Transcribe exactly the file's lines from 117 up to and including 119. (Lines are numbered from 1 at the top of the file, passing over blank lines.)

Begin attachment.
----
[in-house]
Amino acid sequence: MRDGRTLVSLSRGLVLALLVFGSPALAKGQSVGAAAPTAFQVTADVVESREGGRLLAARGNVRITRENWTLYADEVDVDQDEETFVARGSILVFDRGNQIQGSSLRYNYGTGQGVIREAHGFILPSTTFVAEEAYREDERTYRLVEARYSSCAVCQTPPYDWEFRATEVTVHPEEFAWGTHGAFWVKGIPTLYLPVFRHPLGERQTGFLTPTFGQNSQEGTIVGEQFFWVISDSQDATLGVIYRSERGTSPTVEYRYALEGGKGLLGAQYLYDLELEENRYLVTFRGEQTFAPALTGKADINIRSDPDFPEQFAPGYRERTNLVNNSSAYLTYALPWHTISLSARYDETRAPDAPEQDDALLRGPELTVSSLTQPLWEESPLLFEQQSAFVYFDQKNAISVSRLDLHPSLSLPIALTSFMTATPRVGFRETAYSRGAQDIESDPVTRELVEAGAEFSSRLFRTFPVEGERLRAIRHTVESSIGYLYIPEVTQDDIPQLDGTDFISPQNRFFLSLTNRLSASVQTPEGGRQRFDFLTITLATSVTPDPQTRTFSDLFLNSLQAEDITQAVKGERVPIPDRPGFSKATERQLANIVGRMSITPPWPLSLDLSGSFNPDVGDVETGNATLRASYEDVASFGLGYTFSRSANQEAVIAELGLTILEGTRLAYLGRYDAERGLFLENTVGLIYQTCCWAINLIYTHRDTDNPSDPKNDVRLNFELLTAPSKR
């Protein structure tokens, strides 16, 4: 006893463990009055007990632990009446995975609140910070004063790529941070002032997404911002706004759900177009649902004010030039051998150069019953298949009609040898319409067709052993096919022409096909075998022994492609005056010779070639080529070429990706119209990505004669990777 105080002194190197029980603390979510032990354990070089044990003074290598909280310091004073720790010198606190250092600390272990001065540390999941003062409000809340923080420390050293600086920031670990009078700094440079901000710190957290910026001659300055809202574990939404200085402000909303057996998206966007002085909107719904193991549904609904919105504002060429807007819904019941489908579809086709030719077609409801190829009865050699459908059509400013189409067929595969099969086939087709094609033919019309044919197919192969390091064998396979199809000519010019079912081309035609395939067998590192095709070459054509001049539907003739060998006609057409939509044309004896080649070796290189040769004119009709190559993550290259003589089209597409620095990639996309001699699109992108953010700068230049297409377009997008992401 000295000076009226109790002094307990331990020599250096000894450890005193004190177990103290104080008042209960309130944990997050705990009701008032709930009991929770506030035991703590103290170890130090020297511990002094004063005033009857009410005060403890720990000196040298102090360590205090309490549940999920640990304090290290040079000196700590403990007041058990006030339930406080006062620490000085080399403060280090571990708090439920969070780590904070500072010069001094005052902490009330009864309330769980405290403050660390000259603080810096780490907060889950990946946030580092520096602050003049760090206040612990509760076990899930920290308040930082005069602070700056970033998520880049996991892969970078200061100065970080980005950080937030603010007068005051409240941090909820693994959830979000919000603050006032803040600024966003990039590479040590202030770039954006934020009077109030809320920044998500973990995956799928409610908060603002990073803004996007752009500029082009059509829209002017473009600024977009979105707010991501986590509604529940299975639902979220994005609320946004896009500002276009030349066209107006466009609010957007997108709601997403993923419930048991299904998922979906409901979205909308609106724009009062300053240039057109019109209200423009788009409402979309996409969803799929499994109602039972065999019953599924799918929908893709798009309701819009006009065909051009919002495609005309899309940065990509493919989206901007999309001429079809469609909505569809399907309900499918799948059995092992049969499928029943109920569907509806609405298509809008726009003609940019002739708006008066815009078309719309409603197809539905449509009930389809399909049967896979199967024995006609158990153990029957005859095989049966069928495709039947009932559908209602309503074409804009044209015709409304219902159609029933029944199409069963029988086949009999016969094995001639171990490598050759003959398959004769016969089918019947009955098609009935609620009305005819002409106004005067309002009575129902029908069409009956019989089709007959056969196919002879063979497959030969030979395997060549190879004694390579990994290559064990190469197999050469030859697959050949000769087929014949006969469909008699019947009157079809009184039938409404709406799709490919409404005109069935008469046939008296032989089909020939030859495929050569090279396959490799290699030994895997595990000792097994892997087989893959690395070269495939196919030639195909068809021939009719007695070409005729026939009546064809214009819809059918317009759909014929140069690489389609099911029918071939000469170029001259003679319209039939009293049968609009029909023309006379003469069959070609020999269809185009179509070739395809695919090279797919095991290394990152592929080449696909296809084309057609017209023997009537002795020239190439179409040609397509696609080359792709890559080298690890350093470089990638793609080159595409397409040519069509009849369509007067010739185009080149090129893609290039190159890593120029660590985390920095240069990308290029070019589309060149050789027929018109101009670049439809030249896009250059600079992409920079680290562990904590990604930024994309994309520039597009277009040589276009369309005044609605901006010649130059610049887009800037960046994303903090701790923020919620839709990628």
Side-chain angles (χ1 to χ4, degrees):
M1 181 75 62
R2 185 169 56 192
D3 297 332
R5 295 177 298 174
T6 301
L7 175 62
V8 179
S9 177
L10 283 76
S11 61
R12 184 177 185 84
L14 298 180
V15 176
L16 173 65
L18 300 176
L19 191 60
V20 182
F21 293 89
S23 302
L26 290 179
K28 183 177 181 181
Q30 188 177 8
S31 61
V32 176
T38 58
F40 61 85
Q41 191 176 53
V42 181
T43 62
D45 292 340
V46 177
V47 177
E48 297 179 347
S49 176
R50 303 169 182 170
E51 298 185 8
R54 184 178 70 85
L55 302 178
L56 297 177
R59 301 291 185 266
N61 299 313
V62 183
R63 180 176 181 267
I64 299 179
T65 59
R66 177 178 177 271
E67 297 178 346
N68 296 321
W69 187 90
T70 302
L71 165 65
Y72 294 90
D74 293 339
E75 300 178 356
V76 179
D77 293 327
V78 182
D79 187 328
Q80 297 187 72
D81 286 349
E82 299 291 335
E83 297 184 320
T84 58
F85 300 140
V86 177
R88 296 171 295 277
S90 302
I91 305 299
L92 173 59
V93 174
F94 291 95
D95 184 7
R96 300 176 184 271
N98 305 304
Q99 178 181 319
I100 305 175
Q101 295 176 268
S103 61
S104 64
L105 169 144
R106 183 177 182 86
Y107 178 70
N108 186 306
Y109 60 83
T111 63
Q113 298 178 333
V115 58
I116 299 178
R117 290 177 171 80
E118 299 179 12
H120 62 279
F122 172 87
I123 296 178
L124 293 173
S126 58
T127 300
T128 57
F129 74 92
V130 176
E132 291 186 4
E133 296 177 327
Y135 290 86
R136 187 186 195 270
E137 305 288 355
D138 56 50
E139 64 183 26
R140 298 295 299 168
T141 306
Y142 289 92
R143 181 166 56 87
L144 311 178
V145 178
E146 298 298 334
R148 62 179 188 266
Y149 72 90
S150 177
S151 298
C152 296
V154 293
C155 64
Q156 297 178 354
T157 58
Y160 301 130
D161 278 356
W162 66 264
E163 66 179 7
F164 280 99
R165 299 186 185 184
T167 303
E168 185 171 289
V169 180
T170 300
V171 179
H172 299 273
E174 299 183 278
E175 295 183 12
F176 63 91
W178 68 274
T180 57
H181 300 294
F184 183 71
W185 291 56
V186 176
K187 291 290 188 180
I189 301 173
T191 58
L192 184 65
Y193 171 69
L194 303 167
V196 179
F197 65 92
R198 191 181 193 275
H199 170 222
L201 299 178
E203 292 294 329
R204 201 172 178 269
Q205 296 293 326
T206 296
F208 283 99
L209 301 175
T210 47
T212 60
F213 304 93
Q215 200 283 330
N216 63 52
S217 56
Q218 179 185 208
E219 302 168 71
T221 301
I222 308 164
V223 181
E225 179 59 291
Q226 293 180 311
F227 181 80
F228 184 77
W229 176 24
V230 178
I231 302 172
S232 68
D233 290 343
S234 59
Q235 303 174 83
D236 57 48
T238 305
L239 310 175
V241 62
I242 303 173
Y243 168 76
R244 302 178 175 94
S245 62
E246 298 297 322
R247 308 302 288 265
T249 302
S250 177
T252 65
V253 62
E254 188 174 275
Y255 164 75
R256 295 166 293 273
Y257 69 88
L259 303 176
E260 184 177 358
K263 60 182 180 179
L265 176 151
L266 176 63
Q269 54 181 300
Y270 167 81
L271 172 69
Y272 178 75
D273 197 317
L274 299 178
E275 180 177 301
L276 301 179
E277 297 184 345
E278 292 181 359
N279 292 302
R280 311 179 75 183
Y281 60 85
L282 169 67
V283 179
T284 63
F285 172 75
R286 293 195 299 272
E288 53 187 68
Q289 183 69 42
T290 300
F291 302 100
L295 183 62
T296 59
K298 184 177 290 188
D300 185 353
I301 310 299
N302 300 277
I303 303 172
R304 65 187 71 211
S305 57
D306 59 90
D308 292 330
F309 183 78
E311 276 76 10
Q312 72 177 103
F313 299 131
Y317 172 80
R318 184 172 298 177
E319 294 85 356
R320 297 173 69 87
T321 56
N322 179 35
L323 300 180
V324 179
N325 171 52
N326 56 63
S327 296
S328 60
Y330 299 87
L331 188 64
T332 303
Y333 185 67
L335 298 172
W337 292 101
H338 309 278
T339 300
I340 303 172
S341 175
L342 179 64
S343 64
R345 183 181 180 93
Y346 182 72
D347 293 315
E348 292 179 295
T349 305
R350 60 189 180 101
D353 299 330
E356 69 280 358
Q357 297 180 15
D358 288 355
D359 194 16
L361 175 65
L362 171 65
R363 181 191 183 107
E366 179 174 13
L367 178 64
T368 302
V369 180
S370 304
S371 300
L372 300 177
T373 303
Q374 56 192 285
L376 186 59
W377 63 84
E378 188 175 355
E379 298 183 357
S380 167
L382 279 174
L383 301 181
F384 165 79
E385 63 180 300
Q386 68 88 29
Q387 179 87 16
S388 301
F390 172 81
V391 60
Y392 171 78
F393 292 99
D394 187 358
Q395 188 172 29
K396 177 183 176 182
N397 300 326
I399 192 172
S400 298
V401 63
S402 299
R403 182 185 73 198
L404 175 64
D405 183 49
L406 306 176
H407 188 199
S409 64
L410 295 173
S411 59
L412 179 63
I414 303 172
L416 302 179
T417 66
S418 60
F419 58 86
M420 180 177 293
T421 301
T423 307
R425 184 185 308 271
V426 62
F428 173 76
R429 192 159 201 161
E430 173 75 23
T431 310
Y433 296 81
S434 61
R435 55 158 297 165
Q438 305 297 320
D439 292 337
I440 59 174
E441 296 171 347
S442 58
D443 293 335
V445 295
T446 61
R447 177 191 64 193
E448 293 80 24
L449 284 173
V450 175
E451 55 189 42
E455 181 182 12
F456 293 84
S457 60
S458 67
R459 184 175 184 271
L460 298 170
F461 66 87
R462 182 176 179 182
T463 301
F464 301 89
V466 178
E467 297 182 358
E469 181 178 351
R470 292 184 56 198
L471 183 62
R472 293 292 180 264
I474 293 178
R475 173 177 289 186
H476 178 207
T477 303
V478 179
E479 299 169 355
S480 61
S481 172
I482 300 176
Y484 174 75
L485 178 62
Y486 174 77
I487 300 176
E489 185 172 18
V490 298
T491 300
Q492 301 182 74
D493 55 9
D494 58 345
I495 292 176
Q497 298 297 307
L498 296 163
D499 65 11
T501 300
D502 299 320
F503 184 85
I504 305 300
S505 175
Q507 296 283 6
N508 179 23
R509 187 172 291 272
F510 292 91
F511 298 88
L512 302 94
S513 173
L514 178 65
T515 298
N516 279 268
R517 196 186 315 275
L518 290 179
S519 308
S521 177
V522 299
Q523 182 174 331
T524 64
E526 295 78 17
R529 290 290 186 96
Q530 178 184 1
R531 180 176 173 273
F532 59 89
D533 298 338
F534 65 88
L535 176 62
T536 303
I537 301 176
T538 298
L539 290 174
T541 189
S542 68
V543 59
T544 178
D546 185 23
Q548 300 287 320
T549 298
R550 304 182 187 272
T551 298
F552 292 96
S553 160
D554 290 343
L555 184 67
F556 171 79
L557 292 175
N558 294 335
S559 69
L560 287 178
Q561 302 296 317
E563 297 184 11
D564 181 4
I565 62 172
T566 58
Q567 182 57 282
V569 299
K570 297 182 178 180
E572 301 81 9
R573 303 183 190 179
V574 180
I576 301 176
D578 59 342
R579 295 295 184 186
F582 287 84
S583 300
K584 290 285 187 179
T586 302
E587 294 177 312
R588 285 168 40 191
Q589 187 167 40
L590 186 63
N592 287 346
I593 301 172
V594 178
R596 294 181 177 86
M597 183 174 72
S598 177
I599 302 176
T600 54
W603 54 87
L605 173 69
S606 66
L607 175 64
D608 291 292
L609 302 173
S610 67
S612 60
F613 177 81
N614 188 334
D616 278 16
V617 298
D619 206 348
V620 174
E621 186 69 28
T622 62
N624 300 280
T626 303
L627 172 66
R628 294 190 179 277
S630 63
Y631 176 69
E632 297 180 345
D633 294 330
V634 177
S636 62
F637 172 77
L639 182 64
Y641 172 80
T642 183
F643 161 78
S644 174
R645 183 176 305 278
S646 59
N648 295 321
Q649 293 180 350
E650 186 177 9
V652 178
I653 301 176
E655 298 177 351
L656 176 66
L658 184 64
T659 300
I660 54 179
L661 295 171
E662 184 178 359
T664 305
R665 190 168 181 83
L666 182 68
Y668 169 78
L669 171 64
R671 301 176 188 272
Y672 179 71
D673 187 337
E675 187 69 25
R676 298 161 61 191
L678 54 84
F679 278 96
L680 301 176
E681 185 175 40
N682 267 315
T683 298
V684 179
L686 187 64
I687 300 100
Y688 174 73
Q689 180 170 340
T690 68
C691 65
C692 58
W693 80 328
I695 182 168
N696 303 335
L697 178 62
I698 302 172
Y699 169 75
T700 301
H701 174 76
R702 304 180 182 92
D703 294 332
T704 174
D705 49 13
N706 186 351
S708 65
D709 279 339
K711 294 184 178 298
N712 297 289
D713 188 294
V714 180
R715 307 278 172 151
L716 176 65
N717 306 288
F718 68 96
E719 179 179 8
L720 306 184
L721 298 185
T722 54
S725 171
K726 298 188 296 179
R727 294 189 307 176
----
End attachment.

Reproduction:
E146 298 298 334
R148 62 179 188 266
Y149 72 90